Al Roker's favorite reads of 2020

Chris Schluep on November 11, 2020

Al Roker's favorite reads of 2020

Al Roker is a man of many facets. You know him from the Today show, but did you know that in 2014 he set the Guinness World Record for delivering an uninterrupted live weather report? He reported for 34 hours straight. You might know that he writes books, but did you know that he has written narrative nonfiction, mysteries, children's books, and more? His latest is titled You Look So Much Better in Person: True Stories of Absurdity and Success, and in it he offers advice on how to weather life's storms. In encouraging us to embrace happiness and the power of saying "yes," he provides humorous and poignant tricks and tips for success. Who would you rather have alongside you, offering advice and consolation, during life's ups and downs?

Let's face it. Just about everyone thinks it would be great to have Al Roker as a friend. But we can't. However, we can get some book recommendations from him—and that's great, too.

Begin Again: James Baldwin's America and Its Urgent Lessons for Our Own by Eddie S. Glaude Jr.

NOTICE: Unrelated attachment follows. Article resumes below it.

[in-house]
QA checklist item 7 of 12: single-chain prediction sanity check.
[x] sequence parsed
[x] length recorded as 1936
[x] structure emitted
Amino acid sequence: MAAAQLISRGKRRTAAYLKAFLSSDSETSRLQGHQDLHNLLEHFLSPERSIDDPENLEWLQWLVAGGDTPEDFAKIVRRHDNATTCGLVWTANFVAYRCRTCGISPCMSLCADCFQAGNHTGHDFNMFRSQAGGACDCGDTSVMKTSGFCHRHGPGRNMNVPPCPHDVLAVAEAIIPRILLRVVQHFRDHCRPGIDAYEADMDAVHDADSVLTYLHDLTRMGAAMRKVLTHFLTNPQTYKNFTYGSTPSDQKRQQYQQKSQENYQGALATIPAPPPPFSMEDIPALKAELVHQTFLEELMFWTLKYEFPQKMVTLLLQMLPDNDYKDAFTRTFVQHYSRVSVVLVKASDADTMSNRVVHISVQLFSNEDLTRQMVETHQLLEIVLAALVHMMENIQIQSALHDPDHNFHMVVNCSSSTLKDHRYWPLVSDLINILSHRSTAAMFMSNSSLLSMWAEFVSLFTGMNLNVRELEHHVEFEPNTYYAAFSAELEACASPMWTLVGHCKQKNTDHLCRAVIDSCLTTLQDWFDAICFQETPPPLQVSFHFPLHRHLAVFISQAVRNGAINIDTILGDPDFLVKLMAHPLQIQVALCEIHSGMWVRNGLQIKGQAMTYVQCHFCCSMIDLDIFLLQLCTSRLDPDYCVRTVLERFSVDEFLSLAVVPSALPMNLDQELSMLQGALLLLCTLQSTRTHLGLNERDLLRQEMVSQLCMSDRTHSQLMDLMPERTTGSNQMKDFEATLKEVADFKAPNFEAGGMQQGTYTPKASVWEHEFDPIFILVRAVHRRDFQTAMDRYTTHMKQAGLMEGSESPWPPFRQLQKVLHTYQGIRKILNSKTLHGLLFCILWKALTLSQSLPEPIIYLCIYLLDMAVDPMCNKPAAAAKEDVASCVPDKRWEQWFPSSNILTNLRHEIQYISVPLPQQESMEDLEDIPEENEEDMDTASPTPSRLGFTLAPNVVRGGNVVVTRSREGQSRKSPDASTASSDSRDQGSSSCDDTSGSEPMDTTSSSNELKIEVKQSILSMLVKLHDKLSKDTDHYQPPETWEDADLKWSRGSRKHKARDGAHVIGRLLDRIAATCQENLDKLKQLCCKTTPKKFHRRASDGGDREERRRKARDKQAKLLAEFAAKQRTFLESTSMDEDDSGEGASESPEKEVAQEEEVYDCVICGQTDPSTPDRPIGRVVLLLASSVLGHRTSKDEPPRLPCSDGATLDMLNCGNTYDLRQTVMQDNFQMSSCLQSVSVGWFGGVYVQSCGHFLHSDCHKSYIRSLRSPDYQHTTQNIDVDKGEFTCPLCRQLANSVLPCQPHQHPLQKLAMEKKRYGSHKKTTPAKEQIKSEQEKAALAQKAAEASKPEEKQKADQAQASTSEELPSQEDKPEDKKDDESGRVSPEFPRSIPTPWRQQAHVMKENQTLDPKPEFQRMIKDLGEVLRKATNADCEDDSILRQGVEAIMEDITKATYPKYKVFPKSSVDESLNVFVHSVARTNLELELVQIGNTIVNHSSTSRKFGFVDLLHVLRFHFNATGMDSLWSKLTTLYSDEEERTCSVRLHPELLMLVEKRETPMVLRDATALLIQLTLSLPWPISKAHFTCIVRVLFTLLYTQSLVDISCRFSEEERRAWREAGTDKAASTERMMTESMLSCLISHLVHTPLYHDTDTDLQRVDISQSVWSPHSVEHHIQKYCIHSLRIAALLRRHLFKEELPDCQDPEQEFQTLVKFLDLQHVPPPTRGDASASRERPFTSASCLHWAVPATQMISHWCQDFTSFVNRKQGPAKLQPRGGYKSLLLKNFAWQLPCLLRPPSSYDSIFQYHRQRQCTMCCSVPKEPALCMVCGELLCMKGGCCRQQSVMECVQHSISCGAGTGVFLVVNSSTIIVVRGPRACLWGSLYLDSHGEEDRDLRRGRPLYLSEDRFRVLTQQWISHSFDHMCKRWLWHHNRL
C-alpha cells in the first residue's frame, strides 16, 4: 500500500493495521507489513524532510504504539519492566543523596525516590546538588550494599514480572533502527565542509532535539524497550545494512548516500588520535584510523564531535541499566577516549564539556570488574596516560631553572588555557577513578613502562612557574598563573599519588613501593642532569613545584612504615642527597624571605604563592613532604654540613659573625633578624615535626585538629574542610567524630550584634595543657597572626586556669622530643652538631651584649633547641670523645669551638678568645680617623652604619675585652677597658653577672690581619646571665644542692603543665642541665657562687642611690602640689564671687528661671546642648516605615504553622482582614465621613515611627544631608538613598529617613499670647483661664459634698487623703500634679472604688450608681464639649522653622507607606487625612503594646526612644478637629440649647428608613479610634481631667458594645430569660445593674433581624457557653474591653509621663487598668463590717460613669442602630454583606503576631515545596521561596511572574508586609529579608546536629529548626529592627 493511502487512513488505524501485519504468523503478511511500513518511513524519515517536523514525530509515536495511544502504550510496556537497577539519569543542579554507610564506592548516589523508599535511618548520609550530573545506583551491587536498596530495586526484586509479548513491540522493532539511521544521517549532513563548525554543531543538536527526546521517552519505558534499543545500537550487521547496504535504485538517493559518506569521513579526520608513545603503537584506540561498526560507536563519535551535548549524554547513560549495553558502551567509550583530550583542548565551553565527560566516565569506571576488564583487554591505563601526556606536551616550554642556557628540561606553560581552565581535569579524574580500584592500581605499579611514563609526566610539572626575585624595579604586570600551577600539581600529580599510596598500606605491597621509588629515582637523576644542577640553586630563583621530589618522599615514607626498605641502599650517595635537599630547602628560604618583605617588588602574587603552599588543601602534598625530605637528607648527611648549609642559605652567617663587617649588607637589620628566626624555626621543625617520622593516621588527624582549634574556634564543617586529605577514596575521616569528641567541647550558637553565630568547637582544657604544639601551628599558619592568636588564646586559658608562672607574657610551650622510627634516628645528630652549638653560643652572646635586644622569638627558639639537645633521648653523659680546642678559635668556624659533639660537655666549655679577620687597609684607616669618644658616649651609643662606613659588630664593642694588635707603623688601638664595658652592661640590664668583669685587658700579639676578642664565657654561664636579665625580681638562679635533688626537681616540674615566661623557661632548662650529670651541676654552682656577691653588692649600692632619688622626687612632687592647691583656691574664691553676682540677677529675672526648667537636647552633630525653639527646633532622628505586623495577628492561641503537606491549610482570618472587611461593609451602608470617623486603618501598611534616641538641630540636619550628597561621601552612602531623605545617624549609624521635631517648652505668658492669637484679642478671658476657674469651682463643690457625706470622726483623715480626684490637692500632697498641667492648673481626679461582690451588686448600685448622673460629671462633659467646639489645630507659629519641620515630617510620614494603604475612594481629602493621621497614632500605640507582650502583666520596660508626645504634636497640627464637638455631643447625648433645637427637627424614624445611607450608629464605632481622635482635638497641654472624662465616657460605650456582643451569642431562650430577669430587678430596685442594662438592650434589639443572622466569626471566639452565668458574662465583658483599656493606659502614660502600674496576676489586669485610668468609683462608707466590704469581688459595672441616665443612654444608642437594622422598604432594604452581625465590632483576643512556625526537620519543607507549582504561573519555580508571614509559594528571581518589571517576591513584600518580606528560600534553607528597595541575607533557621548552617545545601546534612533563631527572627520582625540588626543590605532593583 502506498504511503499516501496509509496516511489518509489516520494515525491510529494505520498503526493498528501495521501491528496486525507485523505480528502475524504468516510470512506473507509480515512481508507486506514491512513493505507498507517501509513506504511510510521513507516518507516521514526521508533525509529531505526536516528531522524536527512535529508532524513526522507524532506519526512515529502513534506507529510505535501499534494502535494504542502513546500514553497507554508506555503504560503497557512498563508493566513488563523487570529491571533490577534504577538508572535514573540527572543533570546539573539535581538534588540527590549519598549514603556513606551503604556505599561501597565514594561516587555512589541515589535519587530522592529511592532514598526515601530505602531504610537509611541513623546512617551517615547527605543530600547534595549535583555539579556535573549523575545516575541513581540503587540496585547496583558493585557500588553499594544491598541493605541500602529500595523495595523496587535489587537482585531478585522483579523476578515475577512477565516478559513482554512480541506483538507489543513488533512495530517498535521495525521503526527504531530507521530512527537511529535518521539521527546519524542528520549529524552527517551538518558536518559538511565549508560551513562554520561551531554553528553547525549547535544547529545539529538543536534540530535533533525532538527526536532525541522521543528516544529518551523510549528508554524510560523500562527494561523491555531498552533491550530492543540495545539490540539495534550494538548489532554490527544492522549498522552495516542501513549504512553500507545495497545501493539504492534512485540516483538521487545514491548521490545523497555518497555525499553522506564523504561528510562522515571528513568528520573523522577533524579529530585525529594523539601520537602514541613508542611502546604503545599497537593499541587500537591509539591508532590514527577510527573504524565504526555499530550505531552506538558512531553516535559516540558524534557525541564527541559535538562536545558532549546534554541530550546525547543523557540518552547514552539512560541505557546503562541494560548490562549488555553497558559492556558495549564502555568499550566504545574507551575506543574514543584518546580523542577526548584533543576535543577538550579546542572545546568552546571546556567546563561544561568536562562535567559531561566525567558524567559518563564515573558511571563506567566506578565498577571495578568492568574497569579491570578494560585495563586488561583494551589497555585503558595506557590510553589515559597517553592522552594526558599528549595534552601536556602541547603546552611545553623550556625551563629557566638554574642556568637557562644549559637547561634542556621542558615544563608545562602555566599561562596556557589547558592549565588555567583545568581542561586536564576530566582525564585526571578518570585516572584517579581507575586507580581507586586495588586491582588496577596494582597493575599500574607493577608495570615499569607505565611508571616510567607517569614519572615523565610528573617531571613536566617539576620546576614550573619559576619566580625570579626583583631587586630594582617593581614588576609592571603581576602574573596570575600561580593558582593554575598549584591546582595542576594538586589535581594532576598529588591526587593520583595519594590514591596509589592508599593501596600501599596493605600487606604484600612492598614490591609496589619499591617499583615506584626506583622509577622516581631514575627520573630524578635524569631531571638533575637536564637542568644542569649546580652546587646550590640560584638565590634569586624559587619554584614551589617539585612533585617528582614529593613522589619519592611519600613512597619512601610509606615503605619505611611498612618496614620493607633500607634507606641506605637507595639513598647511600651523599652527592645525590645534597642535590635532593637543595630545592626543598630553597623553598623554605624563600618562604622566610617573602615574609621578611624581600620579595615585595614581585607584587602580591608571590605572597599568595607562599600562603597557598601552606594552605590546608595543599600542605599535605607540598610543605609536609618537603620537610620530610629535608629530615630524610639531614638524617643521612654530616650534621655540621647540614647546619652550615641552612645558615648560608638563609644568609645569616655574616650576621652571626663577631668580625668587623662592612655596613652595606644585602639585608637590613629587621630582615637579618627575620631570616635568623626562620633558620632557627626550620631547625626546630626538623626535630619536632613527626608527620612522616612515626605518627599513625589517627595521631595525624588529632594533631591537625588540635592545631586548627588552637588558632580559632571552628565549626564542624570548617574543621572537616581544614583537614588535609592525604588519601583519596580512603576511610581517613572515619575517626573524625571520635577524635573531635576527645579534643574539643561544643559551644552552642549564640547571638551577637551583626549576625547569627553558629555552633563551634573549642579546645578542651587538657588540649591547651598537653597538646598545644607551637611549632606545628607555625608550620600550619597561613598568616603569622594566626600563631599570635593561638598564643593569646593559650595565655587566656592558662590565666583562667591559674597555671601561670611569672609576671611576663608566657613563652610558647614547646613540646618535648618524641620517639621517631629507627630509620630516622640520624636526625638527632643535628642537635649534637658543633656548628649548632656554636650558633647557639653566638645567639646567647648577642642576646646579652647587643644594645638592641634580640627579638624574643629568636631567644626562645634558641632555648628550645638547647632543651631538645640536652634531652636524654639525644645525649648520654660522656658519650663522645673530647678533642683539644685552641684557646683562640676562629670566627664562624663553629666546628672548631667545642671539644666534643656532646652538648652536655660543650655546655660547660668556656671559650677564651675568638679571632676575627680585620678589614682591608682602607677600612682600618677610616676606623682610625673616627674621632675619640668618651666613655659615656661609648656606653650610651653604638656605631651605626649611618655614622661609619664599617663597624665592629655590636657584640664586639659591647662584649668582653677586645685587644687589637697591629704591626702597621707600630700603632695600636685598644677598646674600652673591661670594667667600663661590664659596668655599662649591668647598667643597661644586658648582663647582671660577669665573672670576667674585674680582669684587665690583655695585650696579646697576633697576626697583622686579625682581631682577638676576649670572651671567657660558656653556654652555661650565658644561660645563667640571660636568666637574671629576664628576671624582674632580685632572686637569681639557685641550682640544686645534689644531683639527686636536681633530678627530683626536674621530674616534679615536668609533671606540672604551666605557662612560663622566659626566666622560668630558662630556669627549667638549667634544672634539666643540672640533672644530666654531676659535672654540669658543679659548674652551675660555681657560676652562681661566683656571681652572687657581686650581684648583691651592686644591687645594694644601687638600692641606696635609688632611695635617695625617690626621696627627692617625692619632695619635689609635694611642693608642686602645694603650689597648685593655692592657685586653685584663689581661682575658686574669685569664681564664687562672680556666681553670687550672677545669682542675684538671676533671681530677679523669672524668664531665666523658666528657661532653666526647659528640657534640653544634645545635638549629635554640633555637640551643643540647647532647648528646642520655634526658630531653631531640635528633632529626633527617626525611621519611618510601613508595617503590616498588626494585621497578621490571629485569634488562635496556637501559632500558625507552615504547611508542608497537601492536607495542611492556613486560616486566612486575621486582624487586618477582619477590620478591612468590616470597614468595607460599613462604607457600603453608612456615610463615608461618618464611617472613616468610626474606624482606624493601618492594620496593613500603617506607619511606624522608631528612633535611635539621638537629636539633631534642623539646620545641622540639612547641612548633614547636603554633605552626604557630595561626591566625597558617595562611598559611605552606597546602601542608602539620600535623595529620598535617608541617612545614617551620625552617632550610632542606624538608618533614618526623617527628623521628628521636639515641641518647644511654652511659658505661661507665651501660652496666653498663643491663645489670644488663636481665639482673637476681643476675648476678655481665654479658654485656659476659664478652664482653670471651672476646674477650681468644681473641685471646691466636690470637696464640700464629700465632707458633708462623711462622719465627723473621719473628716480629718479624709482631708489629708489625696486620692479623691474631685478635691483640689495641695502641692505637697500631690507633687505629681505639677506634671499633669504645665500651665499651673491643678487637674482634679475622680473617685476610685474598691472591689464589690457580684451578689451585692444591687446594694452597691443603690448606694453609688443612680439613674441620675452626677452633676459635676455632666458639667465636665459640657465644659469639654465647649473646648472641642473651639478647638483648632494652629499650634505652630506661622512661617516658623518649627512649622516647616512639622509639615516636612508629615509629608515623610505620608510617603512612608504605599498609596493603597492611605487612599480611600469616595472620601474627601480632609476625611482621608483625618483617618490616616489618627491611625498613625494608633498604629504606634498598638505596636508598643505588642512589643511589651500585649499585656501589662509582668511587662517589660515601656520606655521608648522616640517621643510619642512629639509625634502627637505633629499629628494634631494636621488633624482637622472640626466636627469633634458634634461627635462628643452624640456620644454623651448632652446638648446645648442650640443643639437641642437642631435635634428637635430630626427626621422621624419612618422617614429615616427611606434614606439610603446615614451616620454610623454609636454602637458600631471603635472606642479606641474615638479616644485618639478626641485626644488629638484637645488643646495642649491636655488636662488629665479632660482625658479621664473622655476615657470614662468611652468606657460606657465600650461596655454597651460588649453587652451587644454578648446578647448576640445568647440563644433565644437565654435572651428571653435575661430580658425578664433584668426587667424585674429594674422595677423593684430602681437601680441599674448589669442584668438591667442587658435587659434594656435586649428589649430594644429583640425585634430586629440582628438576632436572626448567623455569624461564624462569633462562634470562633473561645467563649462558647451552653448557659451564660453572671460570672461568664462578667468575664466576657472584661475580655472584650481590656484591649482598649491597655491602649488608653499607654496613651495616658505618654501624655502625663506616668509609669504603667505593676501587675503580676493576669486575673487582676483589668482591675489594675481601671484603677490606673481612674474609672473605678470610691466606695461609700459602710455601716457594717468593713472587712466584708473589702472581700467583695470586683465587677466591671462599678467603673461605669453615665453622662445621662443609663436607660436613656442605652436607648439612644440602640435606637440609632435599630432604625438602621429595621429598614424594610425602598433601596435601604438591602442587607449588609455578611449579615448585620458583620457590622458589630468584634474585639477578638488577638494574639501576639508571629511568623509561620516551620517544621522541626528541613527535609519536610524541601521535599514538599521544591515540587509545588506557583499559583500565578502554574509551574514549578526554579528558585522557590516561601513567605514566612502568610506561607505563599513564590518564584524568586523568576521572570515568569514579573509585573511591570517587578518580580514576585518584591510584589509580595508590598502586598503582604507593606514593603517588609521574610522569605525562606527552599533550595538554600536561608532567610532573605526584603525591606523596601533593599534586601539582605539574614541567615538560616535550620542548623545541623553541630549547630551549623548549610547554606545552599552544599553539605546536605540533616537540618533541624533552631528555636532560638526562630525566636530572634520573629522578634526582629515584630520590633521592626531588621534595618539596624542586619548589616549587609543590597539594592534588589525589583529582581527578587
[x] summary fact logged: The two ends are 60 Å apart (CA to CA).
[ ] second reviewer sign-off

A fascinating look at the playwright, poet, and novelist who was best known for writing essays on being a black man in America. As this country continues to face civil unrest, this finely tuned biography is a source of hope, and has spurred me to read more James Baldwin.

The Awkward Black Man: Stories by Walter Mosley

I thought this might be a book about me. Thankfully, it’s not. It’s actually 17 of Mosley’s most captivating stories gathered in one collection, featuring an odd lot of characters who will entertain and delight.

Queens of the Resistance by Brenda Jones and Krishan Trotman

Jones and Trotman have produced a quick and lively series of biographies featuring some of today’s most formidable women: Nancy Pelosi, Elizabeth Warren, Maxine Waters, and Alexandria Ocasio-Cortez. These books provide a vital dose of inspiration. Full disclosure, Krishan is the publisher of my last book, and while this could be seen as an attempt to suck up, these really are terrific reads.

A Gentleman in Moscow by Amor Towles

I love this book so much, I have put it down in a futile attempt to stave off finishing this wonderful story. When Count Alexander Rostov, a wealthy count, writes a poem that the Bolsheviks find too rabble rousing, he’s put under house arrest in one of Russia’s most luxurious and famous hotels. This delightful novel exudes old-fashioned elegance and will help those cold winter afternoons fly right by.

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